dye sensitized electron transfer in bandgap materials

In Gratzel cells, fluorescent dye molecules are excited by photons, and the electrons from the excited state of the dye are brought into
the conduction band of a semiconductor. A photocurrent is the result.
I assume, that when a metal is used instead of a semiconductor, there is no bandgap and the excited electron falls back immediately into a low energy state providing no photocurrent.
If an insulator is used instead of a semiconductor, would a photocurrent be possible (for example, if the excited electrons have high energy)?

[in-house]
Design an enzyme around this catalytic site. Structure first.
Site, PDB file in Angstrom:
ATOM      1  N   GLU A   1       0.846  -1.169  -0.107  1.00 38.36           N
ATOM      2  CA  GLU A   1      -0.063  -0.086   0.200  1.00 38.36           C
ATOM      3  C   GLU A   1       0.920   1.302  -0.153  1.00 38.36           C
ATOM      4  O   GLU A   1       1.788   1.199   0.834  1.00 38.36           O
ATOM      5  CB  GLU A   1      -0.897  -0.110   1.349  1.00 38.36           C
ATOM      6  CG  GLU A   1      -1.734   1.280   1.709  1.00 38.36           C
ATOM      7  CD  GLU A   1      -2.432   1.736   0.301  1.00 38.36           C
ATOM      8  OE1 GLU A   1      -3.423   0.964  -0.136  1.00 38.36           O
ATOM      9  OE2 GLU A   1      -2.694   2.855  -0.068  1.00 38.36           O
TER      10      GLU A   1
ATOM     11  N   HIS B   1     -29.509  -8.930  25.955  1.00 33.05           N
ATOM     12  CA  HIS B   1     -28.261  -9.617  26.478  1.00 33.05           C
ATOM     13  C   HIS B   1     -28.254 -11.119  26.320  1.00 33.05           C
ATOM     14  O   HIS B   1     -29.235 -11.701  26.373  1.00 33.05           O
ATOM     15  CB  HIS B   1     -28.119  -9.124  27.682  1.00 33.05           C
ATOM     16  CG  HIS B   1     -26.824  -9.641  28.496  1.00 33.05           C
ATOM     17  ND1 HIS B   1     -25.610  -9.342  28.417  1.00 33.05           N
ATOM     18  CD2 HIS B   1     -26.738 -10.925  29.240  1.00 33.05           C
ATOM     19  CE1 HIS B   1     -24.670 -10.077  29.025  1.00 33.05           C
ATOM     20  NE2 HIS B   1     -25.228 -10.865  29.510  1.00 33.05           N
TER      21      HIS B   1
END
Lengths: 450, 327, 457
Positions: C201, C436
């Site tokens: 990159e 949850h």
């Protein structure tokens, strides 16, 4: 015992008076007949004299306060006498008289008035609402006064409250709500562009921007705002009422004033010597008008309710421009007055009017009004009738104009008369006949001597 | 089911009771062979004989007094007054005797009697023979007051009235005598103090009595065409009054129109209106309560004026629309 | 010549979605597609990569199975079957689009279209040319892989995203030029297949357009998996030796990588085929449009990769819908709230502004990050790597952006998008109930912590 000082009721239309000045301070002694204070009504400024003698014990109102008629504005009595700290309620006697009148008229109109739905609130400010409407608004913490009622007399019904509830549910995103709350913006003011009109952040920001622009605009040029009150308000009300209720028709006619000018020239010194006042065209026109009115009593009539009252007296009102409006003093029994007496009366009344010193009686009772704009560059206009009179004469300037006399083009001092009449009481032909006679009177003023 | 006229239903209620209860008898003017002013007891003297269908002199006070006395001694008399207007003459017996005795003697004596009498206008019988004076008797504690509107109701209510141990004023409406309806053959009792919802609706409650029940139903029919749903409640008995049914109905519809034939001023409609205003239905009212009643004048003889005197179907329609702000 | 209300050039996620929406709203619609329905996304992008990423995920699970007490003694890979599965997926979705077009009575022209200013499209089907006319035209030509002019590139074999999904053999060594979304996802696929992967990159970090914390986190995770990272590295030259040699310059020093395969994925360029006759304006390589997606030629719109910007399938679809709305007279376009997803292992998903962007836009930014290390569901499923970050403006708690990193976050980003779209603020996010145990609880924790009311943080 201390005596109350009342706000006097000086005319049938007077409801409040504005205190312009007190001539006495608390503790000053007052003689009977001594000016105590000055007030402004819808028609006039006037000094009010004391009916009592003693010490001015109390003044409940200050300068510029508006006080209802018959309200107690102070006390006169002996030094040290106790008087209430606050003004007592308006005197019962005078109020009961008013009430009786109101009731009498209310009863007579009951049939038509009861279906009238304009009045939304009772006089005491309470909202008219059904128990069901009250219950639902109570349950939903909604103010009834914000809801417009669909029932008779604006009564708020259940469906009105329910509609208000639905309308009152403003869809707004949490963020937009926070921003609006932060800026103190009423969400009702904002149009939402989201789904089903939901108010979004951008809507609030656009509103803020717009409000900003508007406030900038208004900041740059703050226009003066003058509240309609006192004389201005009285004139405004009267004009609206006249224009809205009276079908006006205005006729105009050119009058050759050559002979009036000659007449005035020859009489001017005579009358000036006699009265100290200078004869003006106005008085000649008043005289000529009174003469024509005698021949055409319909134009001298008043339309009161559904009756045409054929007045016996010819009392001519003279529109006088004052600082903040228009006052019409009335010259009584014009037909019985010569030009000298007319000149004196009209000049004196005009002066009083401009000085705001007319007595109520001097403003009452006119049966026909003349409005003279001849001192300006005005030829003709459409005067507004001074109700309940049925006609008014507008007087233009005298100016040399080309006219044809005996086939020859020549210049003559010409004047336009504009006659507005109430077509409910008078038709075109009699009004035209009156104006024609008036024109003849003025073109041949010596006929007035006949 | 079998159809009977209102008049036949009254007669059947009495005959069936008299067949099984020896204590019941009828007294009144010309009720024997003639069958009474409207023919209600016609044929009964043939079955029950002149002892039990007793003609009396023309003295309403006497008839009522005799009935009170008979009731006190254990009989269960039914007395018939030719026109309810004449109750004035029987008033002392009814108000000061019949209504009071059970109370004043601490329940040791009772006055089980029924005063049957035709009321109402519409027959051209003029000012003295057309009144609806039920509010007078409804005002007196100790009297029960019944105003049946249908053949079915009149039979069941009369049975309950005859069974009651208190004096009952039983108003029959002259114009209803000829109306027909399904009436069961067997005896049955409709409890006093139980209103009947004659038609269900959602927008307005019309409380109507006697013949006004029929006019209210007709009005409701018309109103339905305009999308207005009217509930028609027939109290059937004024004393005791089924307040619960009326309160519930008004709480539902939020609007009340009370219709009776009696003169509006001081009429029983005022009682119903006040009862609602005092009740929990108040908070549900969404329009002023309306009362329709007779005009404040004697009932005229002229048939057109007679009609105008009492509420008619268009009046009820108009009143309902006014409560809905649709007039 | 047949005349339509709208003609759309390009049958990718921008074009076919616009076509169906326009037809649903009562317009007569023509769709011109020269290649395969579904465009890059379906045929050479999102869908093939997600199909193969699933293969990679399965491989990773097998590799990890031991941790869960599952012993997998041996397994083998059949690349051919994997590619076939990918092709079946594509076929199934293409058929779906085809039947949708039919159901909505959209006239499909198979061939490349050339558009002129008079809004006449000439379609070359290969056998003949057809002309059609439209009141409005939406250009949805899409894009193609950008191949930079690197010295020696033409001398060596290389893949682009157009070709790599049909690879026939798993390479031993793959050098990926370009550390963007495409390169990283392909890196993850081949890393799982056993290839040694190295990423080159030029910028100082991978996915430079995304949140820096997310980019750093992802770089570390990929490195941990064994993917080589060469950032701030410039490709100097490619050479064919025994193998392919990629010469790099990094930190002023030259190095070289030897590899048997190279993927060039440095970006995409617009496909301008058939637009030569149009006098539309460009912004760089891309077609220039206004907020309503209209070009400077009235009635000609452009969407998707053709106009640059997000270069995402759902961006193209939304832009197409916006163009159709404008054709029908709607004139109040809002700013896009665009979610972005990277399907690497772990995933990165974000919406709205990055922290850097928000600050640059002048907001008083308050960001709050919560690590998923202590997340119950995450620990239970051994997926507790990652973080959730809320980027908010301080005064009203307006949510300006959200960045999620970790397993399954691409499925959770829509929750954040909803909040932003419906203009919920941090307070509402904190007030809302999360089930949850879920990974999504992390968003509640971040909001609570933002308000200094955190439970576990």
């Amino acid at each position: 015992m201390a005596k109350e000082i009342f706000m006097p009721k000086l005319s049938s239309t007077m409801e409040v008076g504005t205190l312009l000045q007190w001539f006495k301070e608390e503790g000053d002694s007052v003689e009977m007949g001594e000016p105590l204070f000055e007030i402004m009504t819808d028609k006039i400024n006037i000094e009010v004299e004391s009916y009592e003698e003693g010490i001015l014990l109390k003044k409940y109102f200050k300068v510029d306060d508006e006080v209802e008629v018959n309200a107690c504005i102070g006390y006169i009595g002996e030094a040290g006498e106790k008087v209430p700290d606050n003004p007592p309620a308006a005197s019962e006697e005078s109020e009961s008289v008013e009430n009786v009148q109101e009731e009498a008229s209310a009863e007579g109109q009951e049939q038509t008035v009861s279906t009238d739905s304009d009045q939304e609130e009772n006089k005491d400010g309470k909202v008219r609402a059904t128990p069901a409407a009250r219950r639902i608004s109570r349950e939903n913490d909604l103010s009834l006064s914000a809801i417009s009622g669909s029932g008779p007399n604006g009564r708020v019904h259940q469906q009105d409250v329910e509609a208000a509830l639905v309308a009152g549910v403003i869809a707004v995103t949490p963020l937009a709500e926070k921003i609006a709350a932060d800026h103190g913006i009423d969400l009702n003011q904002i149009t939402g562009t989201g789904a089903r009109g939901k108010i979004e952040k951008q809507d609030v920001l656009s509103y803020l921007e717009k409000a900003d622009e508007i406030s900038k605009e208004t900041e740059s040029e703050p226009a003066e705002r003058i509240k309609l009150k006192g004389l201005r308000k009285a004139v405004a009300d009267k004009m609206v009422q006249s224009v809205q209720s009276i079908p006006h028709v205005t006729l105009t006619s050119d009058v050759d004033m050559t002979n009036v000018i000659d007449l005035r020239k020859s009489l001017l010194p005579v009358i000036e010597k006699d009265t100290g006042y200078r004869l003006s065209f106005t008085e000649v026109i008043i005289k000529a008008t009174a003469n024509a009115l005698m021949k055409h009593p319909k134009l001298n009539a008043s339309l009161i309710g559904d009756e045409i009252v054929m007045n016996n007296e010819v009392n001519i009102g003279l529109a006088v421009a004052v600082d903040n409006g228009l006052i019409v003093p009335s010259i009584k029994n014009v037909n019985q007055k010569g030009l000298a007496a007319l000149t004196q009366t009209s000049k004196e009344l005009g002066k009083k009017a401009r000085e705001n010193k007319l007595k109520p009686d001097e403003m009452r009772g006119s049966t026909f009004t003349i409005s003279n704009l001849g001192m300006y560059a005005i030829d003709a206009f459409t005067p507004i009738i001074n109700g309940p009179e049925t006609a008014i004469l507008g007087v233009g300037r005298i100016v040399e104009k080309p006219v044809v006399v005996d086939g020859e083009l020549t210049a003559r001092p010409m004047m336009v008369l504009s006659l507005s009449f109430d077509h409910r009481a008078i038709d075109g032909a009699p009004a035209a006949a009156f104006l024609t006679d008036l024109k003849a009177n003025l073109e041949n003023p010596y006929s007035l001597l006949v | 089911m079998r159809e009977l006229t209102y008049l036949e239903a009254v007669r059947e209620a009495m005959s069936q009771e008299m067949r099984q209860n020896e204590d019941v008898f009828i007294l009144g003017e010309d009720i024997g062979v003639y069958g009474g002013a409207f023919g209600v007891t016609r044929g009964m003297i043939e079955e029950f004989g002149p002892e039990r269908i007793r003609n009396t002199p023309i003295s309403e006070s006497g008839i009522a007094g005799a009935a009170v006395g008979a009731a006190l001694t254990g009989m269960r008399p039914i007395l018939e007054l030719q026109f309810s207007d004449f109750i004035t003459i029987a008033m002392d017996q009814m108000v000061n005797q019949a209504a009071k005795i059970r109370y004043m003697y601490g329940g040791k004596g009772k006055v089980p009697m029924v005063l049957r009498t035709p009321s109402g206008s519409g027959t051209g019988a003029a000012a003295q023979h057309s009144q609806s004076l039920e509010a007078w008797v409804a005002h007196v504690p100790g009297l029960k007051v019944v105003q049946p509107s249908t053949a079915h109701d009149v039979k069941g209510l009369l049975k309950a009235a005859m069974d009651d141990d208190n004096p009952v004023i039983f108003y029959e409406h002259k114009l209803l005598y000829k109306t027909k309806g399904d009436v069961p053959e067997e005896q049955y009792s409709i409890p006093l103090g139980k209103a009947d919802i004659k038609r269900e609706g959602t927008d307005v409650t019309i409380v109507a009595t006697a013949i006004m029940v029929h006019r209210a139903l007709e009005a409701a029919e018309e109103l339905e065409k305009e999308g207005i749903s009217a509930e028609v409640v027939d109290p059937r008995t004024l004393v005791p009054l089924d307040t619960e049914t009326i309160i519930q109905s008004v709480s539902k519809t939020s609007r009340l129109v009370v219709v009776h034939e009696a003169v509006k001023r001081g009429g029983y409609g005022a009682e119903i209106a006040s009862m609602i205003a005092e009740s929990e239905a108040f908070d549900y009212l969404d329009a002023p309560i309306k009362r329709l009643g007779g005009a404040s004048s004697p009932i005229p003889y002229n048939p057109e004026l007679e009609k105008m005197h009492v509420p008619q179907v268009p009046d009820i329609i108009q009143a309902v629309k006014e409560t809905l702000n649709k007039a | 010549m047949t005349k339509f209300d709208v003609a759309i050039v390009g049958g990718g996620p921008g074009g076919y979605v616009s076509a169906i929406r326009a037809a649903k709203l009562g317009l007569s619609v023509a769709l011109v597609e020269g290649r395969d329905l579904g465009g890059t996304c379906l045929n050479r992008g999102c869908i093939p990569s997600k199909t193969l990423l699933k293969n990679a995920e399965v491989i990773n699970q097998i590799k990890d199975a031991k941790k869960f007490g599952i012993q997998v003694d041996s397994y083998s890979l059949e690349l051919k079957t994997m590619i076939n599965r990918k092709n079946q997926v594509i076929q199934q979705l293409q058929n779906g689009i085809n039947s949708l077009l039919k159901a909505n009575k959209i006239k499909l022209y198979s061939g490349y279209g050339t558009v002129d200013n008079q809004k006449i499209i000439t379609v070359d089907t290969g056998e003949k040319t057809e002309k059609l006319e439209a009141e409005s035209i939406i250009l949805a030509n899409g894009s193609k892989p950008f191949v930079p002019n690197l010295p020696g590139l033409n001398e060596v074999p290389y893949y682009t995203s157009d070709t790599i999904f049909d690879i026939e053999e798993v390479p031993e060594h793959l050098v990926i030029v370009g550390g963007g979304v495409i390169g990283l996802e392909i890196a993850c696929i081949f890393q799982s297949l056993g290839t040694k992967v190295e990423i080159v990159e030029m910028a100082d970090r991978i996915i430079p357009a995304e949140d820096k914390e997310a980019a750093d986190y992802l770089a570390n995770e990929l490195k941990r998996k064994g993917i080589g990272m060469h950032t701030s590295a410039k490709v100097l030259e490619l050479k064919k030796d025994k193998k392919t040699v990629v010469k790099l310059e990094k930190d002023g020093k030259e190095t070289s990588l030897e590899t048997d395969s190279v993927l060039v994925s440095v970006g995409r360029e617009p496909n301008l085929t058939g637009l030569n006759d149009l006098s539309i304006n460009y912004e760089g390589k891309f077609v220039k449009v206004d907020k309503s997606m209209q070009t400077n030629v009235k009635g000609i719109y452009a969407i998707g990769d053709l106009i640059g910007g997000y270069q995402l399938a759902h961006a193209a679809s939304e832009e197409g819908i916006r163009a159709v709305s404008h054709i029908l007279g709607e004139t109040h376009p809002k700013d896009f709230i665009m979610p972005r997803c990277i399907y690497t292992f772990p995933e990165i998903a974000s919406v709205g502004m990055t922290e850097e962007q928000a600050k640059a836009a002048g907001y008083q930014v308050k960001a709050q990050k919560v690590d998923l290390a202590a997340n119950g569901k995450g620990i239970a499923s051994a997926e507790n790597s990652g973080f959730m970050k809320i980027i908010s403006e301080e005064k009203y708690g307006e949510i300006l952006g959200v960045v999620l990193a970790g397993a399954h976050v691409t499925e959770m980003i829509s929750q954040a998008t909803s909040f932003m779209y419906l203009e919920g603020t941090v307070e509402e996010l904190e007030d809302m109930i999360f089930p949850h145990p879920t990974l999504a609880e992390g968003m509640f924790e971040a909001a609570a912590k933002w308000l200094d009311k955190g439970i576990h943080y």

Is it possible to think of the dye as a strong reducing agent, and the semiconductor acceptor as being oxidized when the electron is transferred to its high energetic conduction band?
Add pictures here
<% if( /^image/.test(type) ){ %>
<% } %>
<%-name%>
Add image file
Upload

Polytechforum.com is a website by engineers for engineers. It is not affiliated with any of manufacturers or vendors discussed here. All logos and trade names are the property of their respective owners.